Troy University is officially unveiling its newest addition to campus, the university's new faith-based dorms.
The new dorms are the first of it's kind in Alabama, but as the dedication was held, some people are questioning whether the public university can have a faith-based dorm on its campus...
Twelve dorms are located at Troy University -- but none quite like this one.
It's called the Newman Center: The university's faith-based dorms.
More than 100 people celebrated the opening of the 376-bed residence hall with a dedication, followed by a blessing a blessing.
Representatives from the the Catholic Archdiocese of Mobile say it's a chance for college students to share values with one another.
"These dorms give a special opportunity for young people who want to have discussions with different people of different backgrounds about values and philosophies and beliefs," Said Thomas Brody, Archbishop of Mobile.
"We're just so happy to be able to have the Newman center to be able to have an open dialogue and perhaps a refreshing one, as well, about what people really believe and what it means to be a person of faith in this world," Said community director of the Newman Center, Kelsey Burgans.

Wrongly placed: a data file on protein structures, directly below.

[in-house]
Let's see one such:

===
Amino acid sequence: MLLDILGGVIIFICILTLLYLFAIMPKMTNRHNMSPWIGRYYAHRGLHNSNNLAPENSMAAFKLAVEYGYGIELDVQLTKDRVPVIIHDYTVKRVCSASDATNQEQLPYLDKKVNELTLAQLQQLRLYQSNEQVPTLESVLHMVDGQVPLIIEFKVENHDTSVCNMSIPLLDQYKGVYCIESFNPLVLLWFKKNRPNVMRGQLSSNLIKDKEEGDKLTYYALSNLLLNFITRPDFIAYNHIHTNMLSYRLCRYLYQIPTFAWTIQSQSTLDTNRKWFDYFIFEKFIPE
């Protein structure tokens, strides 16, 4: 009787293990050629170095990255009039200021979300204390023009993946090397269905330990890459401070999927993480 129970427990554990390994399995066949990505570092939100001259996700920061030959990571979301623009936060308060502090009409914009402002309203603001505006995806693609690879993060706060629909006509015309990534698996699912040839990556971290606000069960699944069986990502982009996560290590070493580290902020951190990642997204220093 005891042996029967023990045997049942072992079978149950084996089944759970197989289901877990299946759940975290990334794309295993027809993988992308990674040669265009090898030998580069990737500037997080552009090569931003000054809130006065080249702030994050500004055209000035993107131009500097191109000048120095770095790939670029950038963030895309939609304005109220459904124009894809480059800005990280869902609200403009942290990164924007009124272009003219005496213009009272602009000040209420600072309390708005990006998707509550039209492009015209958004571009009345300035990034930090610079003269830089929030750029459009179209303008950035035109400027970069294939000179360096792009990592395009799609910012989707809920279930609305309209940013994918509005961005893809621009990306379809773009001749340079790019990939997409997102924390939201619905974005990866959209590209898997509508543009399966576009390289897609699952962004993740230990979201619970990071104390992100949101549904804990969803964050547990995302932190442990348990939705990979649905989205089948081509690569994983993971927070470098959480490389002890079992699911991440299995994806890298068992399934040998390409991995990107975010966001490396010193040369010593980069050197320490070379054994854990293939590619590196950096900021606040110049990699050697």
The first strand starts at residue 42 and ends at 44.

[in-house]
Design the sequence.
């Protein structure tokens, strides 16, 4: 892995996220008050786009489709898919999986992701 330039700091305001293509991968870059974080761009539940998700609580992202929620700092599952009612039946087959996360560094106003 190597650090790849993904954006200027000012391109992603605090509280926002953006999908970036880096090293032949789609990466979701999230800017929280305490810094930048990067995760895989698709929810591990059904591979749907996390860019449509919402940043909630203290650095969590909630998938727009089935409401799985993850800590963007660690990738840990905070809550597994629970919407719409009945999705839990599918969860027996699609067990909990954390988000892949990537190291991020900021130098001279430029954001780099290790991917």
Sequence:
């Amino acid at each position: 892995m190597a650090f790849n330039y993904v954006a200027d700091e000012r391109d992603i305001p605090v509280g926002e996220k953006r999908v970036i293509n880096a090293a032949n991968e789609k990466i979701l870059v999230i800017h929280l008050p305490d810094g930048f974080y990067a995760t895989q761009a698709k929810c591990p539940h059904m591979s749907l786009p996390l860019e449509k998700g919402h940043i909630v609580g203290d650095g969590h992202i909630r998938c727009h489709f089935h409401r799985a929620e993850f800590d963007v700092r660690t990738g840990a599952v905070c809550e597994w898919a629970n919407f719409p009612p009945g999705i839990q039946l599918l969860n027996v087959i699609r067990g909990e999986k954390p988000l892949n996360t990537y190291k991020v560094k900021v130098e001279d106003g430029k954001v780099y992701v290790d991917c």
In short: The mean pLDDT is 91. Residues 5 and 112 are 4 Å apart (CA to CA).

And while they say living there will enable students to grow personally and professionally, the Freedom From Religion Foundation (FFRF), a non-profit organization, is investigating the faith-based dorms and whether they violate fair-housing laws and constitutional provisions when it comes to separating church and state.
A letter sent to the university earlier this month says, "Troy University's housing website advertises the Newman Center as faith-based housing, and says 'preference will be given to students who maintain an active spirtual lifestyle and maintain an active engagement in a campus faith-based organization.' This advertisement evidences a preference for religious students at the expense of non-religious ones, a violation of state and Federal housing laws."
But if you go to the university's website, it says the requirments to live in the Newman Center are maintaining a 2.5 GPA, being respectful of diversity, doing community service, refraining from alcohol or illegal drugs in the building, and going by the standards of what the school refers to as the "Trojan Way."
So far, there's no word on whether the school has responded to the letter, which asks for a response on what the university plans to do to adress the FFRF concerns.
Alabama News Network will keep you updated on the latest as it becomes available.